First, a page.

House Democrats sharply criticized President Reagan yesterday for certifying improvement in the human rights record in El Salvador but admitted they doubt that they can block his new military aid program for that country.

They charge that the president's account of declining political killings does not square with reports of independent human rights organizations, which have found continuing high levels of slayings, torture, and abductions in El Salvador.

Peppered with questions by Democrats, Assistant Secretary of State Thomas O. Enders supported Reagan's position. He told a House Foreign Affairs subcommittee that although slayings continue, the "trend is downwards."

Reagan last week formally certified to Congress an improvement in human rights in El Salvador and asserted that the military-civilian junta running the country is achieving more control over military forces, which frequently are accused of slaying civilians. Both assertions were required by the Foreign Aid Act under which the administration will supply the junta with $26 million in military assistance this year. Reagan is sending an additional $55 million from a Pentagon fund that is unrestricted.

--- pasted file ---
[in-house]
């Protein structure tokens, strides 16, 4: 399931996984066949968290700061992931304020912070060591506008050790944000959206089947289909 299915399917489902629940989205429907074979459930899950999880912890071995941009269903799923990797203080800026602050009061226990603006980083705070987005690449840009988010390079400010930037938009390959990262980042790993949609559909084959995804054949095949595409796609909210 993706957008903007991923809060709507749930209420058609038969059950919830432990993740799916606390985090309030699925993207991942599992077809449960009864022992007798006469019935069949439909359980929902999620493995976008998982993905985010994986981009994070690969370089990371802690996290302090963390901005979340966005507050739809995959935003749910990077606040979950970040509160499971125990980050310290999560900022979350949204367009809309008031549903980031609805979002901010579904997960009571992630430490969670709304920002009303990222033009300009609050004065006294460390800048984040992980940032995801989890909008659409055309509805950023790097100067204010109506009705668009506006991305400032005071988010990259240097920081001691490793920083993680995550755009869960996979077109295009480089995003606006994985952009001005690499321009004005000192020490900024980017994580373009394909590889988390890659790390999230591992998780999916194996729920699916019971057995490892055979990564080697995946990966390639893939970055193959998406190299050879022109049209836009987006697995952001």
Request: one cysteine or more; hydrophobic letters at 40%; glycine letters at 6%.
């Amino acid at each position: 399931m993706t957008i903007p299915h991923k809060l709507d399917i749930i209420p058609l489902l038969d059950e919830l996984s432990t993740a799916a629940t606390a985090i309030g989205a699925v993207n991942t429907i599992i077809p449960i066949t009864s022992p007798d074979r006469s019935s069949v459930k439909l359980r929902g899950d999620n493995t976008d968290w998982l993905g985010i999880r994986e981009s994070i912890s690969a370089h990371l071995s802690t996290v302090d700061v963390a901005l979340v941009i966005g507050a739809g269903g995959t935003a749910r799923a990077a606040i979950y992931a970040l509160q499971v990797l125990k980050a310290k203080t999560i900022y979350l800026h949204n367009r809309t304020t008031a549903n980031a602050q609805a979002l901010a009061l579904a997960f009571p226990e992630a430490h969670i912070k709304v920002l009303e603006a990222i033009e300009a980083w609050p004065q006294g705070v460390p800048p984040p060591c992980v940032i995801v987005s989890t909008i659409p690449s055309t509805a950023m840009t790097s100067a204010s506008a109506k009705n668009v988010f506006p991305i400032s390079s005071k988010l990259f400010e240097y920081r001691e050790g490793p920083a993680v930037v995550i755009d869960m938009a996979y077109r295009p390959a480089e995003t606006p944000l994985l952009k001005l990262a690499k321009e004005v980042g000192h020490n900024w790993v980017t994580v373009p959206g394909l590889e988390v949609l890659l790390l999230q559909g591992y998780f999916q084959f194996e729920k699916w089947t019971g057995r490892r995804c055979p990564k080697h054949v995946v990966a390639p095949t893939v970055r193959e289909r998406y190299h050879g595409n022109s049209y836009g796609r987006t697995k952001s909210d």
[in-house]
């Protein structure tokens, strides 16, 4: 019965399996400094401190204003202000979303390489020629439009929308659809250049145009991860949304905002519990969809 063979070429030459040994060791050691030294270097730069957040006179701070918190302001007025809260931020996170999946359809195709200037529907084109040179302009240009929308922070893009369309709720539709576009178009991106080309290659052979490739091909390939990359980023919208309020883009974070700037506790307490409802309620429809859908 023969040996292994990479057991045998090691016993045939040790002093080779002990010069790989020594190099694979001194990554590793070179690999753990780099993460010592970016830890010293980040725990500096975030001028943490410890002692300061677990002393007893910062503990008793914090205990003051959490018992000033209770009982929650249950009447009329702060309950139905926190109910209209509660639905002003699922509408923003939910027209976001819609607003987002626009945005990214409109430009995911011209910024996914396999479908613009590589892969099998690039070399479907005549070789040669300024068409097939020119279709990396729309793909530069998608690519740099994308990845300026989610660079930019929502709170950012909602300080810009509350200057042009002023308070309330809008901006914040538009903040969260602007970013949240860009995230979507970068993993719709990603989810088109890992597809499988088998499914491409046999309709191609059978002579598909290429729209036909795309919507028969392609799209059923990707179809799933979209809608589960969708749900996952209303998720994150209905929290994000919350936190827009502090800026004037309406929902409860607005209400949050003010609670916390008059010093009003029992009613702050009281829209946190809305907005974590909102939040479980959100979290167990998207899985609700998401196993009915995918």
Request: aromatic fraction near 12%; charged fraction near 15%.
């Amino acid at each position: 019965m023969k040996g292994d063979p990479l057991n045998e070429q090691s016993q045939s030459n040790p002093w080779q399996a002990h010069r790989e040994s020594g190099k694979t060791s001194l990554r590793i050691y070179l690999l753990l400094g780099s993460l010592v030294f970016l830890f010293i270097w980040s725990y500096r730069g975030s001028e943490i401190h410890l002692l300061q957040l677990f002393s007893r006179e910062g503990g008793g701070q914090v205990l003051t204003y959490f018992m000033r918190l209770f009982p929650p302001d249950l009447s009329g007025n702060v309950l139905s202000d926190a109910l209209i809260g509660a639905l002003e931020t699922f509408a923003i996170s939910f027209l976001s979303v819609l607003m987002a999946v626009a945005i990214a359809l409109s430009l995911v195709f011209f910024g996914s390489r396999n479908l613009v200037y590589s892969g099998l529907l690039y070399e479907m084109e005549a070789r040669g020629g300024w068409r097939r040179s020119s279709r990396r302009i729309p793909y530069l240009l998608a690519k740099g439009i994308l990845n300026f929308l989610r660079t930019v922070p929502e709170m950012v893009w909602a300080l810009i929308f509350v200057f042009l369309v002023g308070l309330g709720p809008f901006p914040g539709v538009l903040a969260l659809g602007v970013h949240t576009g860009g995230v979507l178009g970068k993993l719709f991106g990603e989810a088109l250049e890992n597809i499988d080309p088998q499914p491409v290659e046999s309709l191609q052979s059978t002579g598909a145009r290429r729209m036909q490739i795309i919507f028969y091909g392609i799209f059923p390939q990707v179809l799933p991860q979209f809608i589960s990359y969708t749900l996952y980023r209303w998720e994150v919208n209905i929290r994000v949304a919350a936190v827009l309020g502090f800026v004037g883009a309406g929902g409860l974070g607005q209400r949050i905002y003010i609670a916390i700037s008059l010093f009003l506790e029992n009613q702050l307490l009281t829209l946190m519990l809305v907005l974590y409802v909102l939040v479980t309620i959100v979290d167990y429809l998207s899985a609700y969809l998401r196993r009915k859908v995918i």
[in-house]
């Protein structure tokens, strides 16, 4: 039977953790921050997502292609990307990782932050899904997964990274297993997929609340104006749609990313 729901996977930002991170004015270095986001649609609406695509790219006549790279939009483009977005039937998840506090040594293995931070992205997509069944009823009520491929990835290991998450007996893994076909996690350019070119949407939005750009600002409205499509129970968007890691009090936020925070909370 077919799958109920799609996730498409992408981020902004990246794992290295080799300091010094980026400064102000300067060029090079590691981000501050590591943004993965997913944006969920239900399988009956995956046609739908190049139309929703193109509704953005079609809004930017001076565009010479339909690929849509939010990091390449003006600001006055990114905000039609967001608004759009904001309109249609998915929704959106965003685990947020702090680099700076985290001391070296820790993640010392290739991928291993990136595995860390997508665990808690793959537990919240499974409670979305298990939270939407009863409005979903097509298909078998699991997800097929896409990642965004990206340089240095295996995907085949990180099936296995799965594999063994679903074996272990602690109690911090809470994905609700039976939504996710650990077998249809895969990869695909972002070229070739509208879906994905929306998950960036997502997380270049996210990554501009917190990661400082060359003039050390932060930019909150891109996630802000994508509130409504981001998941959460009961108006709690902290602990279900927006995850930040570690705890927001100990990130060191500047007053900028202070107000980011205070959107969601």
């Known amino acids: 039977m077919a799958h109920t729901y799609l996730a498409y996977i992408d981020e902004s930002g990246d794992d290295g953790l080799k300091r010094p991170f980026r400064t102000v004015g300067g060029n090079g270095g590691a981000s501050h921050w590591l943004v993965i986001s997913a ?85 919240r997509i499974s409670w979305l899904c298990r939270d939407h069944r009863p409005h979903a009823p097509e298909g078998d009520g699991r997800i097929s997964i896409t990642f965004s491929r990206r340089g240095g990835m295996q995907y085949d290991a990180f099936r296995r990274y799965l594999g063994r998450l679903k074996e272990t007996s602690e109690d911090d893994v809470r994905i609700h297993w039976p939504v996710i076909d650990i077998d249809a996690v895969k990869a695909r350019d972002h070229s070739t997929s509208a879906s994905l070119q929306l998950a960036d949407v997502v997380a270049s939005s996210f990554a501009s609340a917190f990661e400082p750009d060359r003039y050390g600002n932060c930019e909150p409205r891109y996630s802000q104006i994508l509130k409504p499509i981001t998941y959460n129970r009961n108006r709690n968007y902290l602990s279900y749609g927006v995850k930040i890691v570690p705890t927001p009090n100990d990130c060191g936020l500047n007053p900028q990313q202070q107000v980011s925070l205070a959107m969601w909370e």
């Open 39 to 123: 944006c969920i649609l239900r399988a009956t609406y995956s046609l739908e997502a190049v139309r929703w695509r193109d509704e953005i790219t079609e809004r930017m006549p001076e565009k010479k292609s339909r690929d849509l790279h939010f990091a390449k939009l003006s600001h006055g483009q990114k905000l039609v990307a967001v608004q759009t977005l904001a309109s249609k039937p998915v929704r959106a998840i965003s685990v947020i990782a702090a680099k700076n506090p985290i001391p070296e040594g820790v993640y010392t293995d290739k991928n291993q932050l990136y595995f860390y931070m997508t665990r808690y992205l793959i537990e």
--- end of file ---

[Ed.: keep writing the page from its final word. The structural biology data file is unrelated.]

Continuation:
House Democrats launched two offensives to block the aid. Reps. Gerry E. Studds of Massachusetts, Tom Harkin of Iowa and Bob Edgar of Pennsylvania and about 30 other members introduced a bill to cut off aid and declare the presidential certification void. Even if the measure passed both Houses, Reagan could veto it and it is doubtful a veto could be overridden.

Studds said the purpose of the bill is "to make it as costly as possible in political terms for the administration to proceed on this course."

In addition, more than 50 House members, most of them Democrats, sent Reagan a letter asking him to withdraw the certification because it "is contrary to the documented facts."

Rep. Michael D. Barnes (D-Md.), whose House Foreign Affairs subcommittee began three days of hearings on El Salvador, charged that by certifying an improved human rights record in the face of two episodes involving civilian deaths, the administration sent the wrong signal to the Salvadoran government. He said it would undercut that government's effort to control the military.